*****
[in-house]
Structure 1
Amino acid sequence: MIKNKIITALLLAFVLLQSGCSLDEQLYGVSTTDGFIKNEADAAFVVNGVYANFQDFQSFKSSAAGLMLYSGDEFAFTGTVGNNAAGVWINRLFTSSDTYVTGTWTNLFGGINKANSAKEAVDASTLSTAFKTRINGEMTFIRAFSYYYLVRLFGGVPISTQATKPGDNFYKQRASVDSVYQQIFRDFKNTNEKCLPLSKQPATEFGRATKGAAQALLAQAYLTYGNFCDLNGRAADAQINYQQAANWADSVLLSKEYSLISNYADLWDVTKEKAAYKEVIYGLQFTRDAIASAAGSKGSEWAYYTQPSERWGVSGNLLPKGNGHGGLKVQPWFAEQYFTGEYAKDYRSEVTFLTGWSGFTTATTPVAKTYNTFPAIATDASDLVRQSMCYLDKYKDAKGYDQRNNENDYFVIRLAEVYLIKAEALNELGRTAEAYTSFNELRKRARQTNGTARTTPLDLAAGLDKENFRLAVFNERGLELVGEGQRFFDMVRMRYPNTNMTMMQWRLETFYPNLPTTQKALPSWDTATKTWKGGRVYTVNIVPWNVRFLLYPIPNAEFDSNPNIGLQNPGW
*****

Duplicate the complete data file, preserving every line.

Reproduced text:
[in-house]
Structure 1
Amino acid sequence: MIKNKIITALLLAFVLLQSGCSLDEQLYGVSTTDGFIKNEADAAFVVNGVYANFQDFQSFKSSAAGLMLYSGDEFAFTGTVGNNAAGVWINRLFTSSDTYVTGTWTNLFGGINKANSAKEAVDASTLSTAFKTRINGEMTFIRAFSYYYLVRLFGGVPISTQATKPGDNFYKQRASVDSVYQQIFRDFKNTNEKCLPLSKQPATEFGRATKGAAQALLAQAYLTYGNFCDLNGRAADAQINYQQAANWADSVLLSKEYSLISNYADLWDVTKEKAAYKEVIYGLQFTRDAIASAAGSKGSEWAYYTQPSERWGVSGNLLPKGNGHGGLKVQPWFAEQYFTGEYAKDYRSEVTFLTGWSGFTTATTPVAKTYNTFPAIATDASDLVRQSMCYLDKYKDAKGYDQRNNENDYFVIRLAEVYLIKAEALNELGRTAEAYTSFNELRKRARQTNGTARTTPLDLAAGLDKENFRLAVFNERGLELVGEGQRFFDMVRMRYPNTNMTMMQWRLETFYPNLPTTQKALPSWDTATKTWKGGRVYTVNIVPWNVRFLLYPIPNAEFDSNPNIGLQNPGW